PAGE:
On My Bookshelf: “Benjamin Franklin: An American Life”

A simple Google search will quickly bring up multiple reviews of Walter Isaacson’s biography of Franklin, and certainly in more informative and insightful prose than I could offer.  But this book touched me, and because of that, I think I’d rather speak to how it made me feel as an American. 

And yes, that sounds a bit corny, which is, if the internet is to be believed, a word with its origins in America, like me.

Benjamin Franklin has been given the title “The First American,” but in fact, he was born to an American mother and a father whose roots were in Northamptonshire, England.  This duality would follow Franklin throughout his eighty-four years, as he traveled the Atlantic between the two, asking for peace, supporting one and then the other, and finally falling on the side of the Colonies in their desire for independence.

His ability to see all sides of an argument was often called “waffling,” and was cited as a sign that he had no convictions.  In truth, Franklin knew that if you had a room full of men who were unwilling to compromise -- those men would walk out of that room with little or nothing accomplished.  And Franklin was a man who liked to get things done.

Over 230 years later, it’s no secret that Americans aren’t the most popular people on the planet.  The internet has given me a much more international life than many of the neighbors, friends and co-workers in my town of 45,000 in Northern Idaho.  Among some here, there can be an insular nature to patriotism, in the vein of “Love It, Or Leave It.”

With friends in England, France, Germany, Australia, New Zealand, and Canada – and the many other countries represented on Twitter by people that I don’t know well but read often – I get a good cross-section of the world’s view of Americans.  Some of the harsher critics see us as arrogant, fat and irresponsible at the same time we have the hubris to call ourselves the leaders of the free world.  I can’t fully disagree with them.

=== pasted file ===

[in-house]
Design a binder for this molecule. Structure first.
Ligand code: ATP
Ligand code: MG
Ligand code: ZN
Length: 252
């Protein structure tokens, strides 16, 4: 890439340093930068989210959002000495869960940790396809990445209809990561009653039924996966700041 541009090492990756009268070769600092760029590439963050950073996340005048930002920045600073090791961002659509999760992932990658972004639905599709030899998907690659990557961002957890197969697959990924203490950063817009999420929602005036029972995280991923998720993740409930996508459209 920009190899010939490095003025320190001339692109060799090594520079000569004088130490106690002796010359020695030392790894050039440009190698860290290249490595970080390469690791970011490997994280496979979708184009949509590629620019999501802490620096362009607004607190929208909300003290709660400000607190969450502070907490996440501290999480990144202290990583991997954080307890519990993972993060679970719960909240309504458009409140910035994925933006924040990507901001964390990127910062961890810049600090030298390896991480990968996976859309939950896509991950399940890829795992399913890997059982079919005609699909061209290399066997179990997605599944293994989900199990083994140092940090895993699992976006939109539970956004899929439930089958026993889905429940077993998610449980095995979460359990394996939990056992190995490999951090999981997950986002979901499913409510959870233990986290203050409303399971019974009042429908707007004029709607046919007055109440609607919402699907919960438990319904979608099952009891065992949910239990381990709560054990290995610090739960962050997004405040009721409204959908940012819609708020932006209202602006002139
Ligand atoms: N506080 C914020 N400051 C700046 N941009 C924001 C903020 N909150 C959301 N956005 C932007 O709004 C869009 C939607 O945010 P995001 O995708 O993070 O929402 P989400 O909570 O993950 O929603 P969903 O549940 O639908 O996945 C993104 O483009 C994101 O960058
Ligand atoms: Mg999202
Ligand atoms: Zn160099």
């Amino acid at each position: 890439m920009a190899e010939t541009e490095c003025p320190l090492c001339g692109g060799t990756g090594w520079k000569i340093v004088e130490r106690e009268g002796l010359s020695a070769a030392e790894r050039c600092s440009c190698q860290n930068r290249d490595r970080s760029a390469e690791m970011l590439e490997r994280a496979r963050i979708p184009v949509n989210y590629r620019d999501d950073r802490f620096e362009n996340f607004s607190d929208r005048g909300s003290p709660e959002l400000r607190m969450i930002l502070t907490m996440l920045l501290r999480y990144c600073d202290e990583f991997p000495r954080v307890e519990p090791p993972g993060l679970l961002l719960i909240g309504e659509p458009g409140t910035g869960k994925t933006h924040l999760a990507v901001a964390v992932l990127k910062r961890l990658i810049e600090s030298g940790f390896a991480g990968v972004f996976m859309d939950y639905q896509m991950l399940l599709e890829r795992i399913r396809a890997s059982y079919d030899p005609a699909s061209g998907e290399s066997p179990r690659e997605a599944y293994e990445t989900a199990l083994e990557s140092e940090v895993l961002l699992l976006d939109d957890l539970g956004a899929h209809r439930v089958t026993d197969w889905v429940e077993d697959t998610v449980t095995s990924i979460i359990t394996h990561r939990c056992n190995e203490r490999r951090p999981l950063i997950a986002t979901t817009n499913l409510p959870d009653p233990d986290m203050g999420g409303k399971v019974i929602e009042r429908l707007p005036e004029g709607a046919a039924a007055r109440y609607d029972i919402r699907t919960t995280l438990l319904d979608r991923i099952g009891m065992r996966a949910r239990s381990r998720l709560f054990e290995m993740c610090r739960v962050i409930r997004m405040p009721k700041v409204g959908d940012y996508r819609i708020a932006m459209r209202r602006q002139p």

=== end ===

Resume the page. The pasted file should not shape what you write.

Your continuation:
Seeing my own country as I do, from two perspectives -- not only from inside it, but also through the eyes of my international friends – I can also hear, and believe, that we’re an adventurous and pioneering sort of people: innovative and bright, exploring the vast, wide open spaces this country has to offer.

My great-grandmother came across the plains of America in a covered wagon, and I’ve been told all my life that the women in our family are of strong, opinionated, hardy “pioneer stock.”  I’ve been proud of that label, and the philosophy behind it has helped me to steer my own sometimes rickety wagon through the upheaval of the 1960s and 1970s in California; the early 1980s in New York City; the financial downturn that started in the late 1990s and continues still; and the monumental social sea-change that allowed us, finally, miraculously, to elect a black President.

Benjamin Franklin was a man who saw serious issues, and dealt with them with humor.  He was highly intelligent, but wanted to speak and write in a manner that allowed everyone to be able to hear him and understand.  He was very much loved as a “man of the people” of the Colonies, at the same time he was celebrated as one of the higher echelon of the New World, and was present at the signing of every critically important document that shaped the United States of America.

So the theme emerges – duality.  And as a textbook Libra, I can relate.

Like Franklin, I love the spirit of the people of this country.   But as he did, I dislike a lot of its politics.  For him, that was typified by people who so refused to move off of their positions that they essentially threatened to freeze the government.  I worry, in 2012, about the same thing.

I’ve loved the culture, literature and rich history of Britain for as long as I can remember, even back to the age of eleven, reading Jane Eyre in the attic, out loud in what I hoped was Julie Andrews’ voice.

So I suppose in addition to helping me feel an affinity with someone who lived so long ago, Isaacson’s book left me asking questions about my own duality: with my love for foreign lands, people and sensibilities; and my pride and connection to America.

Which is something Benjamin Franklin, I suspect, would appreciate.


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